Logo Search packages:      
Sourcecode: octave-matcompat version File versions

ismember.m

## Copyright (C) 2000 Paul Kienzle
##
## This program is free software; you can redistribute it and/or modify
## it under the terms of the GNU General Public License as published by
## the Free Software Foundation; either version 2 of the License, or
## (at your option) any later version.
##
## This program is distributed in the hope that it will be useful,
## but WITHOUT ANY WARRANTY; without even the implied warranty of
## MERCHANTABILITY or FITNESS FOR A PARTICULAR PURPOSE.  See the
## GNU General Public License for more details.
##
## You should have received a copy of the GNU General Public License
## along with this program; if not, write to the Free Software
## Foundation, Inc., 59 Temple Place, Suite 330, Boston, MA  02111-1307  USA

## -*- texinfo -*-
## @deftypefn {Function File} {} ismember(@var{A}, @var{S})
##
## Return a matrix the same shape as @var{A} which has 1 if
## @code{A(i,j)} is in @var{S} or 0 if it isn't.
##
## @end deftypefn
## @seealso{unique, union, intersect, setxor, setdiff}

function c = ismember(a,S)
  if nargin != 2
    usage("ismember(A,S)");
  endif

  [ra, ca] = size(a);
  if isempty(a) || isempty(S)
    c = zeros(ra, ca);
  else
    S = unique(S(:));
    lt = length(S);
    if lt == 1
      c = ( a == S );
    elseif ra*ca == 1
      c = any (a == S);
    else
      ## Magic : the following code determines for each a, the index i
      ## such that S(i)<= a < S(i+1).  It does this by sorting the a
      ## into S and remembering the source index where each element came
      ## from.  Since all the a's originally came after all the S's, if 
      ## the source index is less than the length of S, then the element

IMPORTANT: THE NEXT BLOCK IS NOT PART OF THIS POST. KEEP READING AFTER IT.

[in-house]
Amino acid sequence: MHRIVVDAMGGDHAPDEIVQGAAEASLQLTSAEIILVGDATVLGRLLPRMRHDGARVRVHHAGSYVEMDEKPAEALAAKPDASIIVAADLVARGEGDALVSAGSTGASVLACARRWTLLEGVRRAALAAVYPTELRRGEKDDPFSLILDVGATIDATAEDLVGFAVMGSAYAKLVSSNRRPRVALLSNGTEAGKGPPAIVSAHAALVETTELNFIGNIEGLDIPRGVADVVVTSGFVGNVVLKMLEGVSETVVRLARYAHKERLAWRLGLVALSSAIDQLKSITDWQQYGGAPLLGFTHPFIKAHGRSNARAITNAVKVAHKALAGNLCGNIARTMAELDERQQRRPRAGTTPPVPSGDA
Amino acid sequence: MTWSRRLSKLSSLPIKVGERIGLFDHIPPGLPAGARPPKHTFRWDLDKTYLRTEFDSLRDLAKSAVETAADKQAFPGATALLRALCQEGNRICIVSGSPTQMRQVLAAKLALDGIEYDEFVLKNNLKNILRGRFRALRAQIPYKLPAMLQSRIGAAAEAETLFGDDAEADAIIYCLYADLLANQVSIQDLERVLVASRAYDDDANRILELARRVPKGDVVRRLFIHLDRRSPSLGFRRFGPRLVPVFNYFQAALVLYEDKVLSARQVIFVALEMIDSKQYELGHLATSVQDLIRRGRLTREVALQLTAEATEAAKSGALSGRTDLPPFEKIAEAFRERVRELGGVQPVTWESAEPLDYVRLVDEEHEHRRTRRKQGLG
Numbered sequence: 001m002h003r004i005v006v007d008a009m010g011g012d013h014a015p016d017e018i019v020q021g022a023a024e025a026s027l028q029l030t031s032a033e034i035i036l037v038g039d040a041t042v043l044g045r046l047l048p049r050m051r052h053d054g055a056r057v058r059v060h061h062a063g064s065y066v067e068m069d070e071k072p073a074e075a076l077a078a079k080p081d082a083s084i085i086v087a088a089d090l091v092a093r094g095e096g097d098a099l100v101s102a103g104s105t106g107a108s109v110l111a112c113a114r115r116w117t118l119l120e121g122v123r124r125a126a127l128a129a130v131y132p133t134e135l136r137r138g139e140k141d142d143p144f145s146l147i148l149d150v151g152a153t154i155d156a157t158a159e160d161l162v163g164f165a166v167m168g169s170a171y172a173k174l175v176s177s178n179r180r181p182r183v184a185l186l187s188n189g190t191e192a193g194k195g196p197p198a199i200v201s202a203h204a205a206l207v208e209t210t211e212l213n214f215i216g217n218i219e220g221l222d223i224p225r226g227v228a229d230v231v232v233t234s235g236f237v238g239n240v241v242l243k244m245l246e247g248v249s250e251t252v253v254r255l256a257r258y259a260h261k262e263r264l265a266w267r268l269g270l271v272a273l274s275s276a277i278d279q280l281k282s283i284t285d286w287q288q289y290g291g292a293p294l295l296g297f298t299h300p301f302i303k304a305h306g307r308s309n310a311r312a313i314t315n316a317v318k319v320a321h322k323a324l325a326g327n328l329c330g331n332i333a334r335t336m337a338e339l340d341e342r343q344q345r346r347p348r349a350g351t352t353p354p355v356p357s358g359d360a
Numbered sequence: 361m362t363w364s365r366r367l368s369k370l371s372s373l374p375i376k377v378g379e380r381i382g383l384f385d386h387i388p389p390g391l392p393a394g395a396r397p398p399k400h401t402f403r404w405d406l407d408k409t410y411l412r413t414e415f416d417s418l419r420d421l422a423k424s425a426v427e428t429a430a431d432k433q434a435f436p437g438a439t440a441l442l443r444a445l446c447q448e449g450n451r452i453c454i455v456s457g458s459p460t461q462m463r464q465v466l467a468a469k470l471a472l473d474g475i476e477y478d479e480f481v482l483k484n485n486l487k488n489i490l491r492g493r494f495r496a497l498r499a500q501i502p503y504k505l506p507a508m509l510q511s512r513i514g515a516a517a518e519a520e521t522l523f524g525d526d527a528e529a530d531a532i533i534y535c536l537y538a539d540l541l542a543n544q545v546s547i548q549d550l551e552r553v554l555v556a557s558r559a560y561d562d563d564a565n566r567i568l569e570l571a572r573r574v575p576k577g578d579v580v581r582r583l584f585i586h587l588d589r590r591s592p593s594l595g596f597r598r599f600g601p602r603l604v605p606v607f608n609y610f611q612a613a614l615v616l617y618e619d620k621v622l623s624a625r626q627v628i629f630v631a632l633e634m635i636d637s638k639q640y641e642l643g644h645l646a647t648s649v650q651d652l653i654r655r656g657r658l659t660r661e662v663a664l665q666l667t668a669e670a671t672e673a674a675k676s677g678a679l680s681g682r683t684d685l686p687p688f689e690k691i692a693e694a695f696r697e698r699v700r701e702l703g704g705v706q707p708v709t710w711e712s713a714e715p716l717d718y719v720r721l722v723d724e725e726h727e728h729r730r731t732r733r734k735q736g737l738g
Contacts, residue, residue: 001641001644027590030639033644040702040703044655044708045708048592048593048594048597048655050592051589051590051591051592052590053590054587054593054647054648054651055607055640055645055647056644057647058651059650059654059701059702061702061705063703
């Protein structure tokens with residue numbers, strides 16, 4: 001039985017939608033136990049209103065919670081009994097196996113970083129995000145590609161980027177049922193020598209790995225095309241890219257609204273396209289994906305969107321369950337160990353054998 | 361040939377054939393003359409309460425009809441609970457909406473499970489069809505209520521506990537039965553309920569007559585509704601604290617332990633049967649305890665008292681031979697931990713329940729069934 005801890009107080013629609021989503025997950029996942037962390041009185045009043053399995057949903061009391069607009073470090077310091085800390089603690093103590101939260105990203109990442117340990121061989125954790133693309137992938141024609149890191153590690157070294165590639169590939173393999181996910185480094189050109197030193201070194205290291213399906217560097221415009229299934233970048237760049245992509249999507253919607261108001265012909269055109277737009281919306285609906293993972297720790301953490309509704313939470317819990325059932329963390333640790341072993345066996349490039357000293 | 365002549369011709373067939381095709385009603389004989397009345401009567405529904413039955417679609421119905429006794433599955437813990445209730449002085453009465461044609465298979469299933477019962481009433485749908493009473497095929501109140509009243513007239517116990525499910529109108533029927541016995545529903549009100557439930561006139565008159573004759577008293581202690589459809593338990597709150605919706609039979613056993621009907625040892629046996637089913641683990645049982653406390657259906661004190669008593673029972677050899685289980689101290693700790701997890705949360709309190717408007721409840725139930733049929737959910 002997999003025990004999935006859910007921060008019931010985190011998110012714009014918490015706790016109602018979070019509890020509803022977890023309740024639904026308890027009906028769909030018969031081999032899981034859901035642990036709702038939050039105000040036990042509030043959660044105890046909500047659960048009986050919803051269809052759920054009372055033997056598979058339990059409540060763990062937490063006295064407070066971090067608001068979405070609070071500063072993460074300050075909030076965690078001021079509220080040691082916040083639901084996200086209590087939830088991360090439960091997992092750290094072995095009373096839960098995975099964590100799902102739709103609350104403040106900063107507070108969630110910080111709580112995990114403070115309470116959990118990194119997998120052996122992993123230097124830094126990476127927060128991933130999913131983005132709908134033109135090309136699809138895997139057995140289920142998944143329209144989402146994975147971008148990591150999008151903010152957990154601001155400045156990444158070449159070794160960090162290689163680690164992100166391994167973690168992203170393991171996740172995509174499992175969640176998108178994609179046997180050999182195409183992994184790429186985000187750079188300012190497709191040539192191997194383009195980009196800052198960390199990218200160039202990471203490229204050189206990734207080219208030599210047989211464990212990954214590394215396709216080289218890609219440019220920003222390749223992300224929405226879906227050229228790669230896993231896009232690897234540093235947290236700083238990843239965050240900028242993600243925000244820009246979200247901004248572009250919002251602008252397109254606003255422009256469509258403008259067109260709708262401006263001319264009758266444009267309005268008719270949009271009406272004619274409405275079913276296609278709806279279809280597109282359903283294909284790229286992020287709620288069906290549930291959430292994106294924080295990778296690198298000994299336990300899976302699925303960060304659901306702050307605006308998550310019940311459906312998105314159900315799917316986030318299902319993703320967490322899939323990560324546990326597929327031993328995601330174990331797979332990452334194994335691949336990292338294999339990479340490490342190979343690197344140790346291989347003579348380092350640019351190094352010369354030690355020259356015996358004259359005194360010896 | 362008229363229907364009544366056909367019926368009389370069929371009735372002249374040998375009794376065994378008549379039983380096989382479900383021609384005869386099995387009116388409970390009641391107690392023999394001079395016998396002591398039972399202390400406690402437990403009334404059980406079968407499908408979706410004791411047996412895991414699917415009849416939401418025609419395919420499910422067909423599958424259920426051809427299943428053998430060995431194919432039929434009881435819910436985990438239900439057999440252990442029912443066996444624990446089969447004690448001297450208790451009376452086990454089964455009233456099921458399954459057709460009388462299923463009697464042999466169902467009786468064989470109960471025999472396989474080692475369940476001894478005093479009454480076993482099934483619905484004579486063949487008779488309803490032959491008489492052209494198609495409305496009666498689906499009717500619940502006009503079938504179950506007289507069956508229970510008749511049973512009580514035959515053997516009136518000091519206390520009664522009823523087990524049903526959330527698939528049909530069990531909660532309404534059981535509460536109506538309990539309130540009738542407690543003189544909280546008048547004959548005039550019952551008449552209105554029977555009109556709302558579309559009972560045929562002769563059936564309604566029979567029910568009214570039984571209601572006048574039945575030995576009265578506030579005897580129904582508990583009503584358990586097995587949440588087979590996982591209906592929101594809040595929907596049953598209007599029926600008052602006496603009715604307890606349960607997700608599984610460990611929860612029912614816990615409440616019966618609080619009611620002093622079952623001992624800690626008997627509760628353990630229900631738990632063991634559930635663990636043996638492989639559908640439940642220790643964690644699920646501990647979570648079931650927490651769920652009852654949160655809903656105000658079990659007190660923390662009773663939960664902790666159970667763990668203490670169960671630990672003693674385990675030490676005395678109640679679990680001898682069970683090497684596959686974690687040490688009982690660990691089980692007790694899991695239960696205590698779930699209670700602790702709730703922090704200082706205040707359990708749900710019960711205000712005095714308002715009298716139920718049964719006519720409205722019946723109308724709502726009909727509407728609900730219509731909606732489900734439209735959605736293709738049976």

## came from S.  We can then do a cumulative sum on the indices to
      ## figure out which element of S each a comes after.
      ## E.g., S=[2 4 6], a=[1 2 3 4 5 6 7]
      ##    unsorted [S a]  = [ 2 4 6 1 2 3 4 5 6 7 ]
      ##    sorted [ S a ]  = [ 1 2 2 3 4 4 5 6 6 7 ] 
      ##    source index p  = [ 4 1 5 6 2 7 8 3 9 10 ]
      ##    boolean p<=l(S) = [ 0 1 0 0 1 0 0 1 0 0 ]
      ##    cumsum(p<=l(S)) = [ 0 1 1 1 2 2 2 3 3 3 ]
      ## Note that this leaves a(1) coming after S(0) which doesn't
      ## exist.  So arbitrarily, we will dump all elements less than
      ## S(1) into the interval after S(1).  We do this by dropping S(1)
      ## from the sort!  E.g., S=[2 4 6], a=[1 2 3 4 5 6 7]
      ##    unsorted [S(2:3) a] =[4 6 1 2 3 4 5 6 7 ]
      ##    sorted [S(2:3) a] = [ 1 2 3 4 4 5 6 6 7 ]
      ##    source index p    = [ 3 4 5 1 6 7 2 8 9 ]
      ##    boolean p<=l(S)-1 = [ 0 0 0 1 0 0 1 0 0 ]
      ##    cumsum(p<=l(S)-1) = [ 0 0 0 1 1 1 2 2 2 ]
      ## Now we can use Octave's lvalue indexing to "invert" the sort,
      ## and assign all these indices back to the appropriate A and S,
      ## giving S_idx = [ -- 1 2], a_idx = [ 0 0 0 1 1 2 2 ].  Add 1 to
      ## a_idx, and we know which interval S(i) contains a.  It is
      ## easy to now check membership by comparing S(a_idx) == a.  This
      ## magic works because S starts out sorted, and because sort
      ## preserves the relative order of identical elements.
      [v, p] = sort ( [ S(2:lt) ; a(:) ] );
      idx(p) = cumsum (p <= lt-1) + 1;
      idx = idx (lt : lt+ra*ca-1);
      c = ( a == reshape (S (idx), size (a)) );
    endif
  endif
endfunction
  

Generated by  Doxygen 1.6.0   Back to index